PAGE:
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China’s economy of ‘great concern’ as annual political meeting to kick off

A Chinese paramilitary police officer walks at Tiananmen Square in Beijing on March 3, 2024, ahead of the country’s annual legislative meetings known as the “Two Sessions”.
| Photo Credit: AFP

China’s annual political conclave kicks off in Beijing on March 4, with officials saying the flagging economy and youth unemployment are of “great concern” as they lay out plans for the coming year.

Armed police and public security workers are ubiquitous on Beijing streets as thousands of delegates arrive for the beginning of the annual “Two Sessions” gatherings.

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Proceedings kick off Monday at 3:00 p.m. (0700 GMT) with the opening ceremony of the Chinese People’s Political Consultative Conference (CPPCC) – attended by President Xi Jinping and other party top brass – which will last until Sunday, March 10.

At a press conference on March 3, CPPCC spokesperson Liu Jieyi said that “economic topics are of great concern” to the body’s more than two thousand members.

So, too, was “the employment of young people, especially fresh graduates”, he said, with youth unemployment officially at around 15% at the end of 2023, after the statistics bureau adjusted its calculation methods.

Monday’s CPPCC is relatively low-stakes compared to the near-simultaneous gathering of the country’s legislature, the National People’s Congress (NPC).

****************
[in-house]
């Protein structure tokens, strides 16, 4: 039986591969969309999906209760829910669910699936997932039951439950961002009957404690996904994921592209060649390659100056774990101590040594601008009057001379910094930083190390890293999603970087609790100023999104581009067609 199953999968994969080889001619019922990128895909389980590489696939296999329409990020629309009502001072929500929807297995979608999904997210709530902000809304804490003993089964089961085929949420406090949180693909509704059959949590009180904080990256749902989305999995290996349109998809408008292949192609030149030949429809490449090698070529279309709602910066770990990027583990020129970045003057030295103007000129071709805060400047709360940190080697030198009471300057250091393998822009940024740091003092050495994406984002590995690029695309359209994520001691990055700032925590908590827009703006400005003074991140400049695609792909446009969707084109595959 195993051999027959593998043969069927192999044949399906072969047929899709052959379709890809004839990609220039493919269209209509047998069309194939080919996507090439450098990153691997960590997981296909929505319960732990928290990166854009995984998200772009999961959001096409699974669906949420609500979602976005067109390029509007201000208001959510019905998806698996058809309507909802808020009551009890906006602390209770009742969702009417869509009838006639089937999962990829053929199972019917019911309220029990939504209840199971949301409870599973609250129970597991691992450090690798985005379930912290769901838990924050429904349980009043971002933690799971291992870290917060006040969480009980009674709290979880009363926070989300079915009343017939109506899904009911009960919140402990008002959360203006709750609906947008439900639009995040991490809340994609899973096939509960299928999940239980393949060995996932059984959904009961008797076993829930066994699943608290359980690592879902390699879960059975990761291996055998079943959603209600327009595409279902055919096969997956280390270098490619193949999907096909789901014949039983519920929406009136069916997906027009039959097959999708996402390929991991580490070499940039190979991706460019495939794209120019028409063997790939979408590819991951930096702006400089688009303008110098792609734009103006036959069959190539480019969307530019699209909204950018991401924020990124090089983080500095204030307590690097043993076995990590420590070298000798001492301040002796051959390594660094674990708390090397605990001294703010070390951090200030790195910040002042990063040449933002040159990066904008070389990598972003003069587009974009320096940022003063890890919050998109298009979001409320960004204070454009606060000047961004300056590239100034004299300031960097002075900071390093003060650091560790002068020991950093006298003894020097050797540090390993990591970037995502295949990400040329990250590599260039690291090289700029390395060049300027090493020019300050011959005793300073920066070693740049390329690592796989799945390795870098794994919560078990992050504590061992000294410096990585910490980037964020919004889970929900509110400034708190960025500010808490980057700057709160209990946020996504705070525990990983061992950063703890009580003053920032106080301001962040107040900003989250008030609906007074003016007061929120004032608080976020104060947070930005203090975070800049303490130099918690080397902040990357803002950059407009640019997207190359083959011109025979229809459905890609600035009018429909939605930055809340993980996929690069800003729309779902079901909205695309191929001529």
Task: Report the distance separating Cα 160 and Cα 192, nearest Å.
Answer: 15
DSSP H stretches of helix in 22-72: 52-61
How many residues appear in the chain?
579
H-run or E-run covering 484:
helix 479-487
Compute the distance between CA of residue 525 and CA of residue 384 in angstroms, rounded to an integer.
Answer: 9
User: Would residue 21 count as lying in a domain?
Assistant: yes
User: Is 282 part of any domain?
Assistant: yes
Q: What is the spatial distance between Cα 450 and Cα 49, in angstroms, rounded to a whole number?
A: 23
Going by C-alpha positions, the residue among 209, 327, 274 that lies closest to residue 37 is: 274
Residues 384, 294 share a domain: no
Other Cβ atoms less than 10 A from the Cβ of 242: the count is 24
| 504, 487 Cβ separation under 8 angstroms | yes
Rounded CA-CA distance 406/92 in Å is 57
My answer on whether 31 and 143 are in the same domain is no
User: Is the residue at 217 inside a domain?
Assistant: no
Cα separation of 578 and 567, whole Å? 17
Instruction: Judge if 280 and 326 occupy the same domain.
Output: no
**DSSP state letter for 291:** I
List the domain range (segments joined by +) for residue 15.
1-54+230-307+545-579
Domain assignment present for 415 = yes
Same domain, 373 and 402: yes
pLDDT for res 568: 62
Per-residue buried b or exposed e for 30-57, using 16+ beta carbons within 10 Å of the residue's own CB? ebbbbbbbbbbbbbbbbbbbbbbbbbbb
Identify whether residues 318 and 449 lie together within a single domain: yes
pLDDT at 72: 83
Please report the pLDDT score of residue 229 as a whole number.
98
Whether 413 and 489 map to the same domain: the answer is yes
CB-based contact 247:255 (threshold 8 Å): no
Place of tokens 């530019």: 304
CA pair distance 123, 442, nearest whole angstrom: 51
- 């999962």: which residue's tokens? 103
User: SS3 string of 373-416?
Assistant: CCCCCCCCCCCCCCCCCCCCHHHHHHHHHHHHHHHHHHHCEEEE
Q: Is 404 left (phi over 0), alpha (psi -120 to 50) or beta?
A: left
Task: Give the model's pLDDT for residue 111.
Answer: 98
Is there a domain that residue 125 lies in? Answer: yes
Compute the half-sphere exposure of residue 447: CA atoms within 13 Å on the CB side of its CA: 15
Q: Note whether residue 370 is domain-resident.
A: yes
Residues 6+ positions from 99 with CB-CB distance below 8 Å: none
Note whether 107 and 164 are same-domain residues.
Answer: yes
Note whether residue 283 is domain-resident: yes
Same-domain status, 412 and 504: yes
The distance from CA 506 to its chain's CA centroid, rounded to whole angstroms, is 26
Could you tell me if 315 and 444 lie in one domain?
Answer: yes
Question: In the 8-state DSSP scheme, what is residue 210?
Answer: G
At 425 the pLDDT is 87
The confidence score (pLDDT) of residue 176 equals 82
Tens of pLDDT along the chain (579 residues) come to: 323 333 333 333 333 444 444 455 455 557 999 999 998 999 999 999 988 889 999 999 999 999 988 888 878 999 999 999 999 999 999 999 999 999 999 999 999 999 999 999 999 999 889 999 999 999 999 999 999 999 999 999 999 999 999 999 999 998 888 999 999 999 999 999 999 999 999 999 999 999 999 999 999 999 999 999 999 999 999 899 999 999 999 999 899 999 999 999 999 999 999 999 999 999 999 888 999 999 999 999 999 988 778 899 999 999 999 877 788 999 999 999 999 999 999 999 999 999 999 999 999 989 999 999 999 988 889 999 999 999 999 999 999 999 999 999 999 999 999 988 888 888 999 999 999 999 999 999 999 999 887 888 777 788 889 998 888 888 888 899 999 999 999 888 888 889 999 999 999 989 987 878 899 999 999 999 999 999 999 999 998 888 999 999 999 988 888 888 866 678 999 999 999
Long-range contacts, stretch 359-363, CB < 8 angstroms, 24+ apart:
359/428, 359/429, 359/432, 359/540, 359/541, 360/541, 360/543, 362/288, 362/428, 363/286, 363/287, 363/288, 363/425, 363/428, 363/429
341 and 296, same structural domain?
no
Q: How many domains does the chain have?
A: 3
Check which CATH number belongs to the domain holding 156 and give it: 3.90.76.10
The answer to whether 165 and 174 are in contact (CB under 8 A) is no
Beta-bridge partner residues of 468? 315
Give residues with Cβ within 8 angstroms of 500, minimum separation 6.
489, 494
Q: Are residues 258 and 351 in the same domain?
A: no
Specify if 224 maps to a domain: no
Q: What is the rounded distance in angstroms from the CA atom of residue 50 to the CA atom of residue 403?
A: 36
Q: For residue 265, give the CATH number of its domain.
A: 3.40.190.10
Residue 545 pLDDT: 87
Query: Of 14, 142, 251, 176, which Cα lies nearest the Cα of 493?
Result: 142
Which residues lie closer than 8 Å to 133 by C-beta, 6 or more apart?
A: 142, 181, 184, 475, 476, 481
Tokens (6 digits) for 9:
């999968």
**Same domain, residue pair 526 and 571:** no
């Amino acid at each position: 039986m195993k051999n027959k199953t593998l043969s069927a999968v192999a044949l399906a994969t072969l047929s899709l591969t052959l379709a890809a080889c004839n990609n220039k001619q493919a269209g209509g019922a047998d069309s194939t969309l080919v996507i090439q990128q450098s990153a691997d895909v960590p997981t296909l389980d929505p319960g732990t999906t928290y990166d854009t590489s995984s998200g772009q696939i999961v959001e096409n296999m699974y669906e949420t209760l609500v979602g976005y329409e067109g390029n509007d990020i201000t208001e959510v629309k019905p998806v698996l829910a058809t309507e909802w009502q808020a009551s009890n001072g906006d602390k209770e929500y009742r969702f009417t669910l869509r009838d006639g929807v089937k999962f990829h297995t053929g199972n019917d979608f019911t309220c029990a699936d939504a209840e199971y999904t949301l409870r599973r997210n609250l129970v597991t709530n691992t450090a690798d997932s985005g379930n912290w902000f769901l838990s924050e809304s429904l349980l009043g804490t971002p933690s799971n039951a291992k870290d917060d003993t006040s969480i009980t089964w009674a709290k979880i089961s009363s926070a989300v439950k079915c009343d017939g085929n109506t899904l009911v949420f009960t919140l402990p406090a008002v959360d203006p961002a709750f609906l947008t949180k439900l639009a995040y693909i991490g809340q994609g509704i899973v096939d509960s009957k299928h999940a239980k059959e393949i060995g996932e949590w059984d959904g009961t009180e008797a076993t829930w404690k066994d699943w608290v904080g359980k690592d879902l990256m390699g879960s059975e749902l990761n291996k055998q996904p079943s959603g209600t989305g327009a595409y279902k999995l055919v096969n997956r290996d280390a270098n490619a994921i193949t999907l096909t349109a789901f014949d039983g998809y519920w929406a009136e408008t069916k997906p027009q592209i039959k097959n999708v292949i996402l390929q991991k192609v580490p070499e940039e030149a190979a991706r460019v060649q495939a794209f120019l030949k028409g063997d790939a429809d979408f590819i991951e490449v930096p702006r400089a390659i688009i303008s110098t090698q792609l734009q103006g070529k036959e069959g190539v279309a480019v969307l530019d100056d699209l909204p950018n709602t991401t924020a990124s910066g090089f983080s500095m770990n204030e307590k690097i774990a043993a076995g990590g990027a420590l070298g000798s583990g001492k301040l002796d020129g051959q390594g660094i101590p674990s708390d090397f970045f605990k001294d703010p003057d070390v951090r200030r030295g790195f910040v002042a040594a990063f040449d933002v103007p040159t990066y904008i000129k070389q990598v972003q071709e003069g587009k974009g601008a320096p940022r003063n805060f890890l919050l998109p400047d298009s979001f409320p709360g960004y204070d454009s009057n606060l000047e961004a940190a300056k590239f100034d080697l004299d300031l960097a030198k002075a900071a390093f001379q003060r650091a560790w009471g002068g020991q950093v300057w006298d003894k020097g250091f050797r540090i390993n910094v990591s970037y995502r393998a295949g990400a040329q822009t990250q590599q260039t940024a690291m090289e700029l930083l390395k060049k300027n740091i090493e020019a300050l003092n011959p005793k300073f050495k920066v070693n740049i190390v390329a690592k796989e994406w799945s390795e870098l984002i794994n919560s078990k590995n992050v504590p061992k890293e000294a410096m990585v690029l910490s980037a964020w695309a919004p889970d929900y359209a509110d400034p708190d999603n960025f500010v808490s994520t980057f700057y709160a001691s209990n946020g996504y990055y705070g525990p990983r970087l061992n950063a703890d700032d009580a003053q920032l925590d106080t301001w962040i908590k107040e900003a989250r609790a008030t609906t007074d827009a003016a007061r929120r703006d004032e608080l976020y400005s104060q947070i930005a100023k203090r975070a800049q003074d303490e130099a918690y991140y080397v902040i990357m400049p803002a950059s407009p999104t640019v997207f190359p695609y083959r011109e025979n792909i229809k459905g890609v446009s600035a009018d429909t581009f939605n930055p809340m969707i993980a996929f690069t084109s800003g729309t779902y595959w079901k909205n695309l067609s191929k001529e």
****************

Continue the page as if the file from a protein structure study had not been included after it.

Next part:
The NPC begins on March 5 and runs until March 11, spokesperson Lou Qinjian told a press conference on Monday.

The meetings are not expected to see the unveiling of big-ticket bailouts that experts say are needed to stimulate China’s economy, which last year posted some of its lowest growth in decades.

Focus on economy

Mr. Lou on Monday struck a bullish tone, saying Beijing’s leaders had “ample confidence” that the economy would rebound.

“China has more favourable conditions than challenges in its economic development,” he insisted.

“The underlying trend of a rebound in the economy and long-term growth remains unchanged,” he said.

But, he added, Premier Li Qiang would not be holding a press conference at the end of the NPC, in a break with decades-long tradition.

Mr. Li had used the briefing last year to warn that Beijing’s modest growth goals would be “no easy task”.

China is also set to double down on national security, with analysts expecting it to increase its military budget, second only to the United States.

Beijing revised a law dramatically expanding its definition of espionage last year and conducted raids on a string of big-name consulting, research and due diligence firms.

The legislature’s top body also approved a broad and vaguely worded revision to the country’s state secrets law in the run-up to the NPC.

Lynette Ong, a professor at the University of Toronto, told AFP there would “be continued emphasis on security”.

“I don’t expect any major policy change such as important structural reforms that will change the course of economic trajectory,” she added.

On paper, the NPC wields little actual power.

All major decisions will have been made weeks before in closed-door meetings of the Communist Party, far from the international media’s cameras.

But the topics that are up for discussion and the tone of the speeches allow for key insights into what’s keeping China’s rulers up at night, analysts say.

“Balancing security with the need to keep the economy ticking over while other issues are worked out is at the centre of policymaker’s minds,” said Diana Choyleva, chief economist at Enodo Economics.

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